Port Fourchon, Louisiana

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Port Fourchon
Unincorporated community
CountryUnited States
StateLouisiana
ParishLafourche
Elevation0 ft (0 m)
Coordinates29°06′21″N 90°11′40″W / 29.10583°N 90.19444°W / 29.10583; -90.19444
TimezoneCST (UTC-6)
 - summer (DST)CDT (UTC-5)
Area code985
Location of Port Fourchon in Louisiana
Location of Louisiana in the United States
 
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Coordinates: 29°06′21″N 90°11′40″W / 29.10583°N 90.19444°W / 29.10583; -90.19444
Port Fourchon
Unincorporated community
CountryUnited States
StateLouisiana
ParishLafourche
Elevation0 ft (0 m)
Coordinates29°06′21″N 90°11′40″W / 29.10583°N 90.19444°W / 29.10583; -90.19444
TimezoneCST (UTC-6)
 - summer (DST)CDT (UTC-5)
Area code985
Location of Port Fourchon in Louisiana
Location of Louisiana in the United States

Port Fourchon is Louisiana’s southernmost port, located on the southern tip of Lafourche Parish, Louisiana, on the Gulf of Mexico. It is a sea port, with significant petroleum industry traffic from offshore Gulf oil platforms and drilling rigs as well as the Louisiana Offshore Oil Port pipeline. Fourchon's primary service markets are domestic deepwater oil and gas exploration, drilling, and production in the Gulf of Mexico. Port Fourchon currently services over 90% of the Gulf of Mexico's deepwater oil production. There are over 600 oil platforms within a 40-mile radius of Port Fourchon. This area furnishes 16 to 18 percent of the US oil supply.[1]

Port Fourchon is part of the HoumaBayou CaneThibodaux Metropolitan Statistical Area.

History[edit]

Port Fourchon was developed as a multi-use facility. It has historically been a land base for offshore oil support services as well as a land base for the Louisiana Offshore Oil Port (LOOP). In addition, it has served as a commercial and recreational fishing mecca, foreign cargo shipping terminal, and a unique area for recreation and tourism.

The Board of Commissioners of the Greater Lafourche Port Commission is charged with ensuring the progress and continued development of Port Fourchon and the South Lafourche Leonard Miller, Jr. Airport. Nine members seated at-large comprise the Commission in lettered seats A through I. Every six years, the people of the Tenth Ward of Lafourche Parish elect all nine commissioners.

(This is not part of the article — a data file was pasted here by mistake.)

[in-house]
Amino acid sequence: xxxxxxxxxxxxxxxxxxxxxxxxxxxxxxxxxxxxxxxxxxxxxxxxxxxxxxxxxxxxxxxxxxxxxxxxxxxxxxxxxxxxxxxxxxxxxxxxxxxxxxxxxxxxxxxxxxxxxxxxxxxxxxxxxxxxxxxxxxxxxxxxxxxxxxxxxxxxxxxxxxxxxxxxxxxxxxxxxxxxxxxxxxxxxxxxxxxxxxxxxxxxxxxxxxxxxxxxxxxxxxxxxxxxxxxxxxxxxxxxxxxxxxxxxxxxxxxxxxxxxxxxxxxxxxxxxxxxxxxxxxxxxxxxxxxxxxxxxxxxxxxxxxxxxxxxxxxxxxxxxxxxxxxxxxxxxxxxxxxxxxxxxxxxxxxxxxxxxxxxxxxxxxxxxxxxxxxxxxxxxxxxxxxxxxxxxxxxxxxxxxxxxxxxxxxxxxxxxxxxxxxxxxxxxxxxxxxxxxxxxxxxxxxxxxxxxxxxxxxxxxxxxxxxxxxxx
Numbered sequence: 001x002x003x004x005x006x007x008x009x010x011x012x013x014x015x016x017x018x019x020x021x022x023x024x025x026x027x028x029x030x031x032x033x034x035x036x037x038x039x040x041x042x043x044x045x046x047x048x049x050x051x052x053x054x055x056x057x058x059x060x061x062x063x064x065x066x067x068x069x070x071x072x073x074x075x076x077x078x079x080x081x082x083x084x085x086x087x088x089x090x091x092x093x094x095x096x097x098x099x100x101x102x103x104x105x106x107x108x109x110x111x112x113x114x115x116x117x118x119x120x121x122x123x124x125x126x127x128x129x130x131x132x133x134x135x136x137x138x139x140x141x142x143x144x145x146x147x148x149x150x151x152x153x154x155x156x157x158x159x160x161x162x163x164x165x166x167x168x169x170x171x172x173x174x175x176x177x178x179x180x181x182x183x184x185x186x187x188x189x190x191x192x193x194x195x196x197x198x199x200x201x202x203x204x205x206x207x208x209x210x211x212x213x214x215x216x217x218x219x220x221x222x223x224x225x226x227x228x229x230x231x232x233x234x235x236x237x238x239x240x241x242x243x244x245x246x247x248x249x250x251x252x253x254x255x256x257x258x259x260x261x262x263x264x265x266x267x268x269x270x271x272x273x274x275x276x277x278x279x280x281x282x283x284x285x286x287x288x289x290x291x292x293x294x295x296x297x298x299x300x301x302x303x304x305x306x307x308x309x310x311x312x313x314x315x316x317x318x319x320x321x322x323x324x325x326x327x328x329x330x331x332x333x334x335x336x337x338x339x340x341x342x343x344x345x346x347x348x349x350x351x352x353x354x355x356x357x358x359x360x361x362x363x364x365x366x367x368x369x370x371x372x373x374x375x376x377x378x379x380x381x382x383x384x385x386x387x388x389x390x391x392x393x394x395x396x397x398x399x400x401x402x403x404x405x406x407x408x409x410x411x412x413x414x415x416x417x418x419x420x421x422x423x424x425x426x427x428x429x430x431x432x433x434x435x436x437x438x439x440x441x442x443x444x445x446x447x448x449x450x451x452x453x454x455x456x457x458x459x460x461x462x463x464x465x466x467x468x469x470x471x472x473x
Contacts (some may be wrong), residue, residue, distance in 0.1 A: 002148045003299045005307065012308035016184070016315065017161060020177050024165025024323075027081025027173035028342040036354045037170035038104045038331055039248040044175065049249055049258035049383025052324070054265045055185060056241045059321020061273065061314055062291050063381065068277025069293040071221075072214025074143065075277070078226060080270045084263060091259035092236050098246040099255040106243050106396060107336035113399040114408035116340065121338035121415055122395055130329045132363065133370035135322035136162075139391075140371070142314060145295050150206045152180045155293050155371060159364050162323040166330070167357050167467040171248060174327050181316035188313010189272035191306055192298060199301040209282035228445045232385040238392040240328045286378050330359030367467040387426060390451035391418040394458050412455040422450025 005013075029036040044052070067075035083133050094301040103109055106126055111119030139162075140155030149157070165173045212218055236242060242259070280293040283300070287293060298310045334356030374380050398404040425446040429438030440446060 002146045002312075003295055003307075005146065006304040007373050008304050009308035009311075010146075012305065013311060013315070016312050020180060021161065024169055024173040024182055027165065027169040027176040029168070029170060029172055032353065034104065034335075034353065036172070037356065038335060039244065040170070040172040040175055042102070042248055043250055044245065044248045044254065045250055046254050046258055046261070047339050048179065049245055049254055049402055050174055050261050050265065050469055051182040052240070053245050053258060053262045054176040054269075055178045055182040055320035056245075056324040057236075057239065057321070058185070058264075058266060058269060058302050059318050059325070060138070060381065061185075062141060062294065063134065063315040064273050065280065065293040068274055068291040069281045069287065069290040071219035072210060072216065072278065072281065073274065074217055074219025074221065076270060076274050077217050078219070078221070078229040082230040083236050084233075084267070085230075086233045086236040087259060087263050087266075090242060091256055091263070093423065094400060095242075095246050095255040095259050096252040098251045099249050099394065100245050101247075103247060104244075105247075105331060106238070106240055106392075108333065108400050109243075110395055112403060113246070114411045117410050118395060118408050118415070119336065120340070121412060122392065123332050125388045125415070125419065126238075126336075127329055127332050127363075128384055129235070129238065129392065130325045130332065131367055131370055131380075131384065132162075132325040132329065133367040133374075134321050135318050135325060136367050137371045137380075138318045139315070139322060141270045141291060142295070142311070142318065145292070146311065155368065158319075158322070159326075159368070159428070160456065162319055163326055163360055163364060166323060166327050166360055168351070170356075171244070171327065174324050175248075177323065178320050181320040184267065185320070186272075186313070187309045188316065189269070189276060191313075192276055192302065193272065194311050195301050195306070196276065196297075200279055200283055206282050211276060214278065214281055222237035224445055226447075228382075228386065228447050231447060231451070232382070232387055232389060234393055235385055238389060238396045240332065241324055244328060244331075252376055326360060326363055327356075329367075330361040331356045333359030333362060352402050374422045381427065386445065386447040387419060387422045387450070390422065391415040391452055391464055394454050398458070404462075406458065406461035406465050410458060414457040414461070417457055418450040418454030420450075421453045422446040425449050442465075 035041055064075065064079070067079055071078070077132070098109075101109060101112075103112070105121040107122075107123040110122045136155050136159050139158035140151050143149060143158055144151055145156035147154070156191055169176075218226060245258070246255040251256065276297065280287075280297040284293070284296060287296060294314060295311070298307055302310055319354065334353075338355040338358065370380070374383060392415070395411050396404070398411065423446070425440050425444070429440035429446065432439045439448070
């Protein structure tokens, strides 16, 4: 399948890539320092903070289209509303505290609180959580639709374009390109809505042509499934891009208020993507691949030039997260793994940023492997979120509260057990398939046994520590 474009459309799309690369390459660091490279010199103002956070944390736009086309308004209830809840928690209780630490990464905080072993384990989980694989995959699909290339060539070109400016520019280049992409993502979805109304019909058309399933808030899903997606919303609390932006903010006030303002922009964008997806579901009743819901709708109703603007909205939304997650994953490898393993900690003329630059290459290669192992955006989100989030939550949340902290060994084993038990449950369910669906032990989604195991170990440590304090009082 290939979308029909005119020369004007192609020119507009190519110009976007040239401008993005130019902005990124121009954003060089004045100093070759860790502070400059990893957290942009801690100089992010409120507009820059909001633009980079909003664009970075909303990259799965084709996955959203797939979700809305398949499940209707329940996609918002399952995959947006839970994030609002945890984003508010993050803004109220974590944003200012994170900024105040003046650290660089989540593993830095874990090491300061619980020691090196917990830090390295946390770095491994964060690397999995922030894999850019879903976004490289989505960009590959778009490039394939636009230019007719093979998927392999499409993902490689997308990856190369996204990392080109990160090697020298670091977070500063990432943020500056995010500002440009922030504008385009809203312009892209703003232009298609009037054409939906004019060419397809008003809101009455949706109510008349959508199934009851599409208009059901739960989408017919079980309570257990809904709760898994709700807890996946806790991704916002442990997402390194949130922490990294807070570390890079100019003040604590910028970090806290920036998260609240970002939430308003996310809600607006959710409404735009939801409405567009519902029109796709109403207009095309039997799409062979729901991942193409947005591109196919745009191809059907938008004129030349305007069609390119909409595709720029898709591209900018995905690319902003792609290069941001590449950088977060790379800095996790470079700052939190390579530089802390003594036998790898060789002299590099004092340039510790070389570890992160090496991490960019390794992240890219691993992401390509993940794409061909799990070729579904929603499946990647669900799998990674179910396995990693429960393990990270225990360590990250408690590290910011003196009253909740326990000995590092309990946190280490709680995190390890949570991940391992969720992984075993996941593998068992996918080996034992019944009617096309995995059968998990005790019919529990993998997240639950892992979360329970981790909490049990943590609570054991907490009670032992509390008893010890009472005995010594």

The Greater Lafourche Port Commission, established by the state of Louisiana in 1960 as a political subdivision of the state of Louisiana, exercises jurisdiction over the Tenth Ward of Lafourche Parish south of the Intracoastal Waterway, including the seaport and the airport. The Port Commission facilitates the economic growth of the communities in which it operates by maximizing the flow of trade and commerce, largely through Port Fourchon.[1]

Geography[edit]

Port Fourchon is a short distance off Louisiana Highway 1 (LA 1), the road to Grand Isle, Louisiana, via Louisiana Highway 3090. It is the southernmost point of Louisiana accessible by automobile.

As a critical infrastructure of national significance, LA1 provides a vital link to Port Fourchon. As of mid-2008, $350 million from state bonds and federal assistance has been budgeted to begin replacing a 17-mile (27-km) stretch of LA 1, the road into Port Fourchon, because that part of the highway is not inside the hurricane levee system that protects inland communities, and the highway is prone to flooding from storm surge, even from tropical cyclones some distance away. The replacement will be an elevated highway that can stand up to a major storm and remain open even if the land around it floods. A seven-mile (11-km) section of the project from Leeville to Port Fourchon, including a higher bridge across Bayou Lafourche, is under construction and scheduled for completion in 2011; this segment will be funded by tolls. The bridge over Bayou Lafourche, funded by tolls, opened July 8, 2009.[2] Funds have not been secured for the segment between Golden Meadow and Leeville.[3]

Hurricanes[edit]

In an odd twist of fate, FX Networks broadcast on June 7, 2005 the docudrama Oil Storm, which first depicted a fictional Category 4 hurricane named "Julia" hitting Port Fourchon in September 2005. In the fictional account, the port was severely crippled, but in reality Port Fourchon has been up and running mere days after major storm events.

Port Fourchon was damaged by Hurricane Lili in October 2002.[4] It did not take a direct hit by Hurricane Katrina in 2005, and was only slightly damaged.[3]

See also[edit]

References[edit]

  1. ^ a b www.portfourchon.com
  2. ^ "GeauxPass Kiosk Location Map". LA 1 Coalition. Retrieved October 11, 2009. 
  3. ^ a b "Three years after Katrina, Gulf ports at risk". Reuters. 2008-08-28. Retrieved 2008-08-28. 
  4. ^ Port Fourchon hit by Hurricane Lili

External links[edit]